(Would it have bothered me that they were keeping an eye on the game if the service had been terrible? Yes, probably. But I can say without a moment's hesitation that the service at Queen was by far the best service I have had in the last ten weeks in Brooklyn. No place else is even close.)

Kathy had a cannoli, which I had planned to get as well...

Until the man sitting to my right touched my arm when I was ordering and said "Get the cheesecake, it's the best in Brooklyn."

I have not had cheesecake in I don't know how long. Possibly my entire adult life. So I may not be qualified to make this statement, but then again when do I ever let ignorance stop me from saying something: it was the best cheesecake I have ever had. In my memory, cheesecake is so rich and heavy (wait, do those two adjectives mean the same thing?) and I really didn't have any desire to try it again. But this was really good, surprisingly light, and complemented nicely by the two fruit sauces.

And we finished with coffee and tea, of course. 

Everyone enjoyed this lunch. The funny thing is, despite Uncle George stating several times his desire for everyone to come dine here on him when he passed, none of his friends ever remembered coming to Queen with him. Rick, whom as I mentioned earlier had been visiting his uncle in New York City for close to 60 years and shared hundreds of meal with Uncle George, had never been to Queen before.

I am by no means an expert on Italian food. Not even close. I know more about almost all Asian cuisines than I do Italian, and I could tell you at least a half-dozen fast food promotions that are scheduled to be released in 2012 before I could tell you the provenance of Mozzarella alla Caprese. So take my opinion here with a grain of salt, but this was one of the best Italian meals I have ever had.


ania said...

It's almost as though he wanted his friends and family to discover this through a parting gift of sorts. I'm glad that the experience stood up to what he, no doubt, desired for you all. Very nice.

Fritos and Foie Gras said...

Wow, what a great post. I'm sure it was a bittersweet meal, but it sounds like a celebration of a really loved man, and at a restaurant that you will absolutely visit again. On a side note...I want about 6 of those mozzarella balls.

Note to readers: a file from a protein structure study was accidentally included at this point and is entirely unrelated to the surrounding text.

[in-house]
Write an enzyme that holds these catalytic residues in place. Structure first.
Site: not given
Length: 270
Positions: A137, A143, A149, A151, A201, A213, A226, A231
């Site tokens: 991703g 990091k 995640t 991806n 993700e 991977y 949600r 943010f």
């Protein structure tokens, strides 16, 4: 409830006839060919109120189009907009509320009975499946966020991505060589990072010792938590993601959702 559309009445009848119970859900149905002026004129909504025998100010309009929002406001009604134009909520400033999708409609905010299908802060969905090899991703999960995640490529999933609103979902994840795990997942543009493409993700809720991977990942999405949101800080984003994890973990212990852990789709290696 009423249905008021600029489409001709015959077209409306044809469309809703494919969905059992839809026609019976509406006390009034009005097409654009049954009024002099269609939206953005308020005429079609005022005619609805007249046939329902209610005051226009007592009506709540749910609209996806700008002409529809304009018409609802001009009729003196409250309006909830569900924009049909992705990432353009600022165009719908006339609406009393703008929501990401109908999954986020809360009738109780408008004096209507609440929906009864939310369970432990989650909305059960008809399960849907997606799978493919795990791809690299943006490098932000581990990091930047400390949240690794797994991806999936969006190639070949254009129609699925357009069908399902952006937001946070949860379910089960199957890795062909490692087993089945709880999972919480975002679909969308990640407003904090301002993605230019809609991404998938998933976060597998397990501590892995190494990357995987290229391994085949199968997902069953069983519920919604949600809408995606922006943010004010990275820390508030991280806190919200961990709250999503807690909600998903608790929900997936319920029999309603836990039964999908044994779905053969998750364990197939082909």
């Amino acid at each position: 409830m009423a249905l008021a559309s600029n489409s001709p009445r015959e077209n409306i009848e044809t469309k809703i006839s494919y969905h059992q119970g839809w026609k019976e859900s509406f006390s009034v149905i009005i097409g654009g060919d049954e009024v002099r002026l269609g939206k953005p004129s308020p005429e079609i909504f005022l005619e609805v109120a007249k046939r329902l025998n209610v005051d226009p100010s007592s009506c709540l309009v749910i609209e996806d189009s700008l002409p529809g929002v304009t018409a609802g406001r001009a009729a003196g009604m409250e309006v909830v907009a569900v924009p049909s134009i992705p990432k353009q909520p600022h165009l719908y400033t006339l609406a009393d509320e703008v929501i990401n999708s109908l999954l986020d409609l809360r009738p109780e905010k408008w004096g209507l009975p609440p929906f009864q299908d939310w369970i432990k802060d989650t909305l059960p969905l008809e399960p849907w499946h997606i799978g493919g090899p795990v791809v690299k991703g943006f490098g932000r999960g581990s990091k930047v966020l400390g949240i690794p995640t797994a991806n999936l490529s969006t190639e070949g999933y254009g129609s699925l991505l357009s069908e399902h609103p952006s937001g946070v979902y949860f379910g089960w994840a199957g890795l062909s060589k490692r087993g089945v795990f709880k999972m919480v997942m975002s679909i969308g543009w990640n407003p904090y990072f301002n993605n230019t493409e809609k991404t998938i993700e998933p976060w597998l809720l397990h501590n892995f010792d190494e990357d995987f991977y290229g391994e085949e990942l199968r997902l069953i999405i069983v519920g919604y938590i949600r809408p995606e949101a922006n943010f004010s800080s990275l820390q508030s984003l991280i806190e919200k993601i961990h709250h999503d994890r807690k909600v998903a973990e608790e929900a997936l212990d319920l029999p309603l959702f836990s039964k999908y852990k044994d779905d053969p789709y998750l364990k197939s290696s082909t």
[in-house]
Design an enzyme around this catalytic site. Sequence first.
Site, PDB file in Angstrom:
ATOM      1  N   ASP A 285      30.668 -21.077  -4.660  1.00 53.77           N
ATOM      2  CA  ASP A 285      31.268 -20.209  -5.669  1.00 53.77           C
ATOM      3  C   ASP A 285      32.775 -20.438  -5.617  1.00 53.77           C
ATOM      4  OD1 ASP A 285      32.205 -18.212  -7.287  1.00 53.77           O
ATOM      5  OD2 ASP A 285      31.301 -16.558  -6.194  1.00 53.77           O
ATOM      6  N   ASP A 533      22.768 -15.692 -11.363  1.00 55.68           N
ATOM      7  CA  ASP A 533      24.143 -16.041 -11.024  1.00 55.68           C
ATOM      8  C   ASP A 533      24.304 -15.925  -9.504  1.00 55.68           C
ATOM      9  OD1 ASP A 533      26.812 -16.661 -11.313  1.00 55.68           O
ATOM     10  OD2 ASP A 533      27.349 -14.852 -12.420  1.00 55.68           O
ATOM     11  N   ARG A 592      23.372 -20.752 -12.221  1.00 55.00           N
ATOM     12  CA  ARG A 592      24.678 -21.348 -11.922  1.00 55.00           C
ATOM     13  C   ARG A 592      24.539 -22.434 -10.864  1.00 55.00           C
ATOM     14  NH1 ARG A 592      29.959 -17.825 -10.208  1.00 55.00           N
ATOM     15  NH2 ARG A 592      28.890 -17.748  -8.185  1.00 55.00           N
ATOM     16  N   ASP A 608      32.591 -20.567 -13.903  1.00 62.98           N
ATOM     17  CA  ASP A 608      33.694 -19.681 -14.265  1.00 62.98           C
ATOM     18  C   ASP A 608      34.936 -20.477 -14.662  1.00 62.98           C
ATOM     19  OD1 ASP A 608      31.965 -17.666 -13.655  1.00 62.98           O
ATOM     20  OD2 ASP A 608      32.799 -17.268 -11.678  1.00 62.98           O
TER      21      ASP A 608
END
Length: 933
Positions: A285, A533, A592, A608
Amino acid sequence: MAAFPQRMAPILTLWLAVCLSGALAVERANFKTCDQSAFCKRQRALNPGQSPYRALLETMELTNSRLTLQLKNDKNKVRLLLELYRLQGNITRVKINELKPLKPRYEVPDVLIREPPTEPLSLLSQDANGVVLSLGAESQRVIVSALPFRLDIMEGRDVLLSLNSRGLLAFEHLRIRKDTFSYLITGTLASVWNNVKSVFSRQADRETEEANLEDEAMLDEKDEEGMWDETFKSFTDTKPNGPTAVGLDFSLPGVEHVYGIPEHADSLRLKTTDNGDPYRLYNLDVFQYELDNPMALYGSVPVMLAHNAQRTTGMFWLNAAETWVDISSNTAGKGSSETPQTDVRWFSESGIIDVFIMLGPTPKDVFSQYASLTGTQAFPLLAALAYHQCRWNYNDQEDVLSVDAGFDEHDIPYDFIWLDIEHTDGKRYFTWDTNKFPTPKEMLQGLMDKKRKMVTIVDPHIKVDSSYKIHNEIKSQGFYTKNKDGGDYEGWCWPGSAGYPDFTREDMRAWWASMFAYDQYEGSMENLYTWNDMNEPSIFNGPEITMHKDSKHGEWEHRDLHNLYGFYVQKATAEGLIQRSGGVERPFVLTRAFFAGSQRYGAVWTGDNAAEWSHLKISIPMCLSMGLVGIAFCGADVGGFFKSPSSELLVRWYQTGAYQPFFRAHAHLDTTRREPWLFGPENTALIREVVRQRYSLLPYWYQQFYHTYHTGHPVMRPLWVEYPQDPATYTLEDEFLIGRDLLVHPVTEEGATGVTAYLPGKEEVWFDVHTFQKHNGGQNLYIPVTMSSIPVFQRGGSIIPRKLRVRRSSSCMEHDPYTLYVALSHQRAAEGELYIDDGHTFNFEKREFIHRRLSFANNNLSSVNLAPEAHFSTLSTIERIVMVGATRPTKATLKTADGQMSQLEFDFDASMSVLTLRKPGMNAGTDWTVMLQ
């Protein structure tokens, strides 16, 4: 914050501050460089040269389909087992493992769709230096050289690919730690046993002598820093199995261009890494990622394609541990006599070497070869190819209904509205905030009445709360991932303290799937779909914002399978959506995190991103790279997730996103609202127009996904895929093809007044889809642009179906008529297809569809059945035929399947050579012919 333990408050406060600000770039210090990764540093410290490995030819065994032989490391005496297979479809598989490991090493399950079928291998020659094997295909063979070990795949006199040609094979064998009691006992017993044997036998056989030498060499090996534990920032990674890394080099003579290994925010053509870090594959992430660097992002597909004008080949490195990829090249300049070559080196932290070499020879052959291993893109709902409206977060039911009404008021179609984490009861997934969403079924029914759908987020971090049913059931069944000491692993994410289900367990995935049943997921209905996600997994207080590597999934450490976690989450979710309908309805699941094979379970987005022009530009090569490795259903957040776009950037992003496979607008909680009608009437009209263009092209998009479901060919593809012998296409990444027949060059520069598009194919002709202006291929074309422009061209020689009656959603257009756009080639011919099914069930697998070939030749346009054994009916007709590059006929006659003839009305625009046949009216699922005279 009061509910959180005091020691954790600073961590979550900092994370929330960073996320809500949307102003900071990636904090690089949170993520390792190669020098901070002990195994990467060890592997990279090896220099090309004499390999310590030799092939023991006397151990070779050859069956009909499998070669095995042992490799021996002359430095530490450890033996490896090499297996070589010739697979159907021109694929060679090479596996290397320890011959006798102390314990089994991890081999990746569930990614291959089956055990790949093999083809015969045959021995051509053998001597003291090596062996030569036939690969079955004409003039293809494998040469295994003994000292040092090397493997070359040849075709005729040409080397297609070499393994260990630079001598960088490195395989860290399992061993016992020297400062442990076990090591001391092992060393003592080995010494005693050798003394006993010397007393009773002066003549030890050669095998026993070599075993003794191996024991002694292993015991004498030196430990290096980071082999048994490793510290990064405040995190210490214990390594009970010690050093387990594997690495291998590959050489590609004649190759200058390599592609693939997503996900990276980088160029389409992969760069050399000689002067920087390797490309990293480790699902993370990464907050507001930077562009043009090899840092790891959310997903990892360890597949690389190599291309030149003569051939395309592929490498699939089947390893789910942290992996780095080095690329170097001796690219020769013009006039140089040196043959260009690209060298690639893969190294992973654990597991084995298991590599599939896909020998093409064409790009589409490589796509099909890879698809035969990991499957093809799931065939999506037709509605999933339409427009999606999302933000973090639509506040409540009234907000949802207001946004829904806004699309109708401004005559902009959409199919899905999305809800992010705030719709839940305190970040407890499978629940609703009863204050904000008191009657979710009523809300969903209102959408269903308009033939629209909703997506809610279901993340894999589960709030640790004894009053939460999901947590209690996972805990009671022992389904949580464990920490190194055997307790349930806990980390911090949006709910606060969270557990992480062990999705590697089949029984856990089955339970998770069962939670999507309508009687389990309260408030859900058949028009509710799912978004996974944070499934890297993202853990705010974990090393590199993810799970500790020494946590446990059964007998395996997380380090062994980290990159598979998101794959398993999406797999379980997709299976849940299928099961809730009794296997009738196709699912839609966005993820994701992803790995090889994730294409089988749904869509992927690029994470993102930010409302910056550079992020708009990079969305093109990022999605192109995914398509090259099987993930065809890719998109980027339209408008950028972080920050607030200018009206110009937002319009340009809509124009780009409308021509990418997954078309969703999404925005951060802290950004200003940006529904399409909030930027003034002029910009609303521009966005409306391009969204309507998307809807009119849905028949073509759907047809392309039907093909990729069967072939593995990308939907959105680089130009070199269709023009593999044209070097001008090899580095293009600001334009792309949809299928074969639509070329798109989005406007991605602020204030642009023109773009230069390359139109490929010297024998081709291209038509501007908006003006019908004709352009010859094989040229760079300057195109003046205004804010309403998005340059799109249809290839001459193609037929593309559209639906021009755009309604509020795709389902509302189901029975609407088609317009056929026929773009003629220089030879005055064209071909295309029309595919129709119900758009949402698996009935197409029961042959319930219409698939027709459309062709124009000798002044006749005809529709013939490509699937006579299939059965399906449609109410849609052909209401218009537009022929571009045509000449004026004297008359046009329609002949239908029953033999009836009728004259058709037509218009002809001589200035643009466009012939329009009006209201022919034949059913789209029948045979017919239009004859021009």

Michelle said...

I really liked this! But wait.. Uncle George wasn't a Yankees fan?

JustinM said...

Ania and Fritos: Thanks. I like to think those things, too.

Michelle: Did you ever see Ken Burn's Baseball? Doris Kearns Goodwin explains that when the Dodgers left Brooklyn, no Dodgers fans became Yankees fans. That would have been unthinkable. You either became a Mets fan when they started up or switched to another team (in her case the Red Sox). Uncle George would have been 30 in 1958 when the Dodgers left, so I don't know for sure but I bet that's what happened.

Anonymous said...

huh. maybe george often got takeout from there?

JustinM said...

Very doubtful. I didn't know him all that well but I don't think he was a takeout guy - he liked to talk with the servers and other regulars at diners. He was a diner guy; he loved diners, just like Elizabeth does.

My guess is he went there only a couple of times but loved the food and thought it would be a great place for people to go when he was gone.

Bekah said...

What a great tribute.
And that mozzarella looks incredible.

Emily said...

Absolutely, that mozzarella is making my mouth water. Do you think you'll be back?

JustinM said...

Bekah: Thanks!

Emily: Honestly, probably not. Even though it was really good, it's not someplace I would go on my own. And I've read there are more than 20,000 restaurants in New York. I didn't love it enough to return.

Liz said...

This was such a delicious meal, and such a nice way to share our stories about Uncle George, especially how none of us had been to Queen with him! Brooklyn Heights will not be the same without him.

Banana Wonder said...

Pouring out a lil liquor for your Uncle George. I have an Uncle George myself who is full character to the 10th power. Yours picked a great place, and funny how nobody remembers him going to Queens. Looks like a GEM! I am sure he is smiling down at this blog post :-)

SuperLarge said...

Godspeed, Uncle George.